Is the rainmaker given a budget with the freedom to make a learned decision to spend it wisely? In many cases, the answer is “no.” Let’s revise that. If our rainmaker wants to visit a prospect to meet face-to-face for that all-important, but really ill-timed, interview, does he have a credit card to cover it? Often yes. For that trip, let’s also bring along an accomplished account person, so our trip’s expenses can reach into the thousands.

When they return home empty-handed and discouraged, generally it’s the prospect’s fault. “They weren’t a great candidate to begin with.” They chalk up those expenses to training and education, not the new business budget they don’t have anyway.

Training and Ongoing Education

There’s no actual budget for them, but when the opportunity does present itself, the rainmaker bats fairly well convincing management to pop for them. Off he goes for a day or two at $2,000 to $4,000. When he returns, he is given 15 minutes to explain to the boss what he learned during the training. And did the seminar producers “test” the students to see who actually learned what the agency paid for and report those scores to the agency? Seldom. Does agency management quiz those who attended for retention and future application? Seldom.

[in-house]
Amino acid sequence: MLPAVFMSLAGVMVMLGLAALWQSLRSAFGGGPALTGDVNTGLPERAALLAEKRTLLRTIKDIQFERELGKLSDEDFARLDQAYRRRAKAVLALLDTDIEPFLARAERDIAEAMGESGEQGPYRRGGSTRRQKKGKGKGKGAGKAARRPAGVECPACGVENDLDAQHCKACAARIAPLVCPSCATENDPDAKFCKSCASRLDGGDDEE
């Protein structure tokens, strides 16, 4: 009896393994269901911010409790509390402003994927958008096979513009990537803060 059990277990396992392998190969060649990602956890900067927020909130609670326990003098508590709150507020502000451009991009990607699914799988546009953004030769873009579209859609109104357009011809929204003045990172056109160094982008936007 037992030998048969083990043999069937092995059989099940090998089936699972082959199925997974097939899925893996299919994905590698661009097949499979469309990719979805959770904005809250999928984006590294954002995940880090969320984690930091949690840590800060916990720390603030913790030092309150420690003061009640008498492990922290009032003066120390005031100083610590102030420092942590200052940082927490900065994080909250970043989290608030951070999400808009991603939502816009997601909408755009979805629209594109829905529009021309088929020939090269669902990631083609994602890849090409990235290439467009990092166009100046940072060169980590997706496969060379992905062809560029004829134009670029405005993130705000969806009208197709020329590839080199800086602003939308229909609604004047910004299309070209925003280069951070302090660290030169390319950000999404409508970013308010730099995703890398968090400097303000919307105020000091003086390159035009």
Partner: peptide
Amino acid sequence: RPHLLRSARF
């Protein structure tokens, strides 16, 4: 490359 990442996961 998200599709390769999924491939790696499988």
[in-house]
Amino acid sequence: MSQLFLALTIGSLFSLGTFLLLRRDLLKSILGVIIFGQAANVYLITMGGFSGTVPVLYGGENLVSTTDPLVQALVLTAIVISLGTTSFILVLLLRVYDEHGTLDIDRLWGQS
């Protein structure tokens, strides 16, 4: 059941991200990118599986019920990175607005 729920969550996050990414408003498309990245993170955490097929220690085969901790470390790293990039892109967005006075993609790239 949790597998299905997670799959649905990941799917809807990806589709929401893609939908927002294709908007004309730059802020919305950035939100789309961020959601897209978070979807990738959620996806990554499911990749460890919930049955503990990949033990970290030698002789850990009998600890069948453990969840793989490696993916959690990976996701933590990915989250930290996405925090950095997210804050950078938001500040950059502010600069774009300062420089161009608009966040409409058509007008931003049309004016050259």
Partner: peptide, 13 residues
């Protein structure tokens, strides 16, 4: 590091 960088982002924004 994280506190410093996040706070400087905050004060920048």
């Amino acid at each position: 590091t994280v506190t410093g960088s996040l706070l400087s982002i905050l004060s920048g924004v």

Formal Education

How many rainmakers have a bachelor’s or master’s degree from New Business University? Or from a two-year New Business College? Or a six-week, one-month, or week-long new business seminar? Everyone else at the agency has at least a bachelor’s degree in some aligned agency topic. Begin to get the picture? Do you realize “rainmaking” is not a natural talent? This is why your firm’s new business program will continue to be hit or miss.

Your solutions should be self-evident.

By Chuck Meyst

Chuck Meyst is Chairman & CEO of, a world-wide on-line and off-line industry matchmaker and agency search consulting service. He speaks of his 17 years of experience there, at his earlier company Sales Marketing Institute and at Sanders Consulting Group.

Printed with permission from The Agency Post

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A Significant Virginia Landmark Needs Your Help with Major Transformation